Nokia Corporation once transcended its current business of mobile and telecommunication service production as it is currently known. The corporation started out as a paper, rubber and cable manufacturer. It later in its life expanded to include consumer electronics and mobile and telecommunication. Due to certain constraints and shortcomings, and also new opportunities for growth in mobile-telecommunications, the corporation built its new identity with only mobile-telecommunications as its operative sector and core business. This report deals with the company’s establishment, its diversification and internationalization and finally the issues that led to its divestment from other interests and retention of mobile-telecommunication as its core business.
History of Nokia
The company was first started as a paper manufacturing firm by Fredrik Idestam at Tammerkoski Rapids in south-west Finland. Due to the European industrial revolution and the growing consumption of paper and card-board the company soon became successful. The company was named Nokia Abs in 1871 and added electricity generation to its business in 1902. The company launched its electronics department in 1960 (Nokia, 2008). The merging of three companies, Nokia Abs, Finnish Rubber Works (founded 1898), and Finnish Cable Works (founded in 1912) led to the formation of the Nokia Corporation in 1967 (Nokia, 2008).
Investment in Consumer Electronics Product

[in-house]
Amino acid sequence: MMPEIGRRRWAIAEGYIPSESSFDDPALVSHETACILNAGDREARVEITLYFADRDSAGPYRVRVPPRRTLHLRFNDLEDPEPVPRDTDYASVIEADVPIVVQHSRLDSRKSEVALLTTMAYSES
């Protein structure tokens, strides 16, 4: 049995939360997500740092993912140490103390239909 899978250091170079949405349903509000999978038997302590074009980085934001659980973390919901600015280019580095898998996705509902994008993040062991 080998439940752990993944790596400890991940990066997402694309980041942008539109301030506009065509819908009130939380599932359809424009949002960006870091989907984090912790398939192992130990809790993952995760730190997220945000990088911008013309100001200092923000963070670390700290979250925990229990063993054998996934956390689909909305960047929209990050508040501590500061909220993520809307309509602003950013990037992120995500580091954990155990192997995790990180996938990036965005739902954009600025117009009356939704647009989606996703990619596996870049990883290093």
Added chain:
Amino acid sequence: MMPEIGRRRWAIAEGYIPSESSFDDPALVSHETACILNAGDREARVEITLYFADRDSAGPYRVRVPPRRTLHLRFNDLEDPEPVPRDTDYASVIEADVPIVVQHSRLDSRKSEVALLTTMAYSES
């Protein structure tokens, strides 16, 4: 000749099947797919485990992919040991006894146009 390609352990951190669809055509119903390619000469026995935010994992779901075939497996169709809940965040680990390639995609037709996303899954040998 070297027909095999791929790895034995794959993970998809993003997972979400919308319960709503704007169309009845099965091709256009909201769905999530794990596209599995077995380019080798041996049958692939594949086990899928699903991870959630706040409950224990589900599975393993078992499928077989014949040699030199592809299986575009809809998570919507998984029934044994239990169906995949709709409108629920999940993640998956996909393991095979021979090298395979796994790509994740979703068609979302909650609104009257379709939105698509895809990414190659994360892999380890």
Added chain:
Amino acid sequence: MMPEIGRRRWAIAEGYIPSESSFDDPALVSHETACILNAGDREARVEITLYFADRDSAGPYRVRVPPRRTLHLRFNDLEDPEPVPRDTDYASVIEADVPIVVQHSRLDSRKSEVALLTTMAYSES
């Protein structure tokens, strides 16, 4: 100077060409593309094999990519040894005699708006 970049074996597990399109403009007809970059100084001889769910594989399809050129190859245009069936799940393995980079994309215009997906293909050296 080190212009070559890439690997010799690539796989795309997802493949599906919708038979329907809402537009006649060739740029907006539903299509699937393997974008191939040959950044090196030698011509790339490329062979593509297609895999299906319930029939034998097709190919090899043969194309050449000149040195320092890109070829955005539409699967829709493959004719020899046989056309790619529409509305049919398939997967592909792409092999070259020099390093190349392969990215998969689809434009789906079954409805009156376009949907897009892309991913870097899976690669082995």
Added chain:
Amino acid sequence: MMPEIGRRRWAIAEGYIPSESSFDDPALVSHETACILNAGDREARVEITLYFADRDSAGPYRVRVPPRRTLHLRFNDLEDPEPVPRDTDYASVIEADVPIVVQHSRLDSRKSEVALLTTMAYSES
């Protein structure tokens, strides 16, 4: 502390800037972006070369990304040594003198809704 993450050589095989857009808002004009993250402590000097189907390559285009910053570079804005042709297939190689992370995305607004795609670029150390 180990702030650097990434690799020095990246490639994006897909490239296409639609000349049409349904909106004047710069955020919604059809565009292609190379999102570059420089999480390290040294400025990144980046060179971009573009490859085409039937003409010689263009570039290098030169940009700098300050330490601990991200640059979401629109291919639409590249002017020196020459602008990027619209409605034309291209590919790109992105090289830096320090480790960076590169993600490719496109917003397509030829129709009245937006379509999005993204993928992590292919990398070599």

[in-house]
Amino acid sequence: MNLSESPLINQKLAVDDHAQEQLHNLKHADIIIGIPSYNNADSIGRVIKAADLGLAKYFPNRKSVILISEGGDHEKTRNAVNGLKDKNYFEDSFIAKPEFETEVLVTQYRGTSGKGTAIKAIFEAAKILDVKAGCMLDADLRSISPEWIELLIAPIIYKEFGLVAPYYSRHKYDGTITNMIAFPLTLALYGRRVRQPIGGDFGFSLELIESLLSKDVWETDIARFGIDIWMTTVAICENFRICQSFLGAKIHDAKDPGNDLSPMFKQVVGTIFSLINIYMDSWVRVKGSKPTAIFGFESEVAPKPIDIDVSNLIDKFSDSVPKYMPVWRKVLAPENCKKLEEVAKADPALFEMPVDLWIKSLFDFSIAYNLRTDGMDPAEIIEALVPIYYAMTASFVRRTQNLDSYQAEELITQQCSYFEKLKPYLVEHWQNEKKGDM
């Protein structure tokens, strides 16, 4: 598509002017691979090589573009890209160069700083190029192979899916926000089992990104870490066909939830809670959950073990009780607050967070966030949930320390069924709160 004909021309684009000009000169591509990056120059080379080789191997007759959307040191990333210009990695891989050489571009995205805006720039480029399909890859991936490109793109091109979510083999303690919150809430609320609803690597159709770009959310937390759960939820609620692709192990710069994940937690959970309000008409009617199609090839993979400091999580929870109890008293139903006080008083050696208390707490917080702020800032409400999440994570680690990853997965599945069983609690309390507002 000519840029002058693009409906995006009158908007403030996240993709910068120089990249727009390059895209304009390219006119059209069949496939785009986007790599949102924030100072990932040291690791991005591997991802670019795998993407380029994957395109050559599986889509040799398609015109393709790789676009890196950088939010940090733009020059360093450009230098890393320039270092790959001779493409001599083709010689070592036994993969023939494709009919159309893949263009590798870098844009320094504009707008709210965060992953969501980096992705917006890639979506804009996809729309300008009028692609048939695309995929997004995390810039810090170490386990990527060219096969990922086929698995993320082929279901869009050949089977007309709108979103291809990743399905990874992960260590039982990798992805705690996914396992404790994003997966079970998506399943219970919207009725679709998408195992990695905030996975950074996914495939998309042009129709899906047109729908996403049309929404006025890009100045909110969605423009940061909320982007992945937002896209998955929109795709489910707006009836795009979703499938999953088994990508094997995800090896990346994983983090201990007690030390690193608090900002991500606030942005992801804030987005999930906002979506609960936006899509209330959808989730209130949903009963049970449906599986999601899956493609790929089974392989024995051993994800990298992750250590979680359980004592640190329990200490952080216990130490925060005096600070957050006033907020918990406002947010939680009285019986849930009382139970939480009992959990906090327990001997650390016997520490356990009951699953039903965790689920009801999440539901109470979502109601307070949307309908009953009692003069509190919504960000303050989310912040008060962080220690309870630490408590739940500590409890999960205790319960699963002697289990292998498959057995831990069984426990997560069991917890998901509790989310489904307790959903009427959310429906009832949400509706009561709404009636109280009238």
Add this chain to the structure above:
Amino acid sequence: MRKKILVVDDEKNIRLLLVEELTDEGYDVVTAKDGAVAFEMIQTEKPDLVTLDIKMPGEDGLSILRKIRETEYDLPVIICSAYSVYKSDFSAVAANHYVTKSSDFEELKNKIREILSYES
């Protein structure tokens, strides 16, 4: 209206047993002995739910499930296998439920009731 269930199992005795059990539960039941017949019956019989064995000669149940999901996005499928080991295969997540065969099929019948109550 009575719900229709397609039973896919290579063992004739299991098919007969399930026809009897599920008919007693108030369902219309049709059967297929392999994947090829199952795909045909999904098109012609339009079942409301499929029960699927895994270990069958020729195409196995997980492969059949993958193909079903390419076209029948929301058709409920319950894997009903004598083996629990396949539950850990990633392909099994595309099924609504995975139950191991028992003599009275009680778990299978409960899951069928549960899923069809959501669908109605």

The corporation’s venture into consumer electronics was influenced in part by the energy crises of 1973. The crisis was cause by member countries of the Organization of Arab Petroleum Exporting Countries (OAPEC) to halt the exportation of crude oil to nations that supported Israel during the Arab-Israeli conflicts. The shortfall in oil supply created by that resolution led to a general increase in oil prices across the globe. Oil dependent industrializing countries of Western Europe, United States, and Japan were adversely hit by the increase. The increase in prices had led to a dramatic inflationary pressures and a crunching suppression of business activities within those countries. Nokia, with its primary businesses in manufacturing, was adversely hit by this trend. The trend limited expected growth in its core businesses and led management to seek a new corporate level strategy. Corporate level strategies can be defines as actions taken by a firms top management to gain competitive advantage by selecting and managing businesses in different sectors of industry with the aim of creating value (Hill et al, 2003). The firm chose to diversify, consolidate and internationalize. Diversification can be defined as a business technique for spreading risks by holding or operating in a range of products or in a range of activities which are subject to independent risk elements (White, 2004). Put simply, it means de-concentrating a firm’s sphere of business activities. Diversification can be classed into two types; conglomerate diversification and concentric. Conglomerate diversification involves branching out into other unrelated business while concentric diversification involves going into businesses which are related to the firm’s current business (Sharplin, 1985). The aim of Nokia in choosing to diversify its operations from its business of paper, tyres and cables and manufacturing was to mitigate the risk that had become imminent from the concentration in just those sectors. According to Sharplin (1985), as a grand strategy diversification usually has its chief purpose the reduction of risks. A company operating in several sectors avoids risk to it financial earning that may have been brought about by down cycles if it maintained operations in just one sector. Since expectations of growth in its core businesses were limited, the corporation’s top management sort other avenues for growth and investment outside its current businesses. And since the electronics business was not as oil dependent as...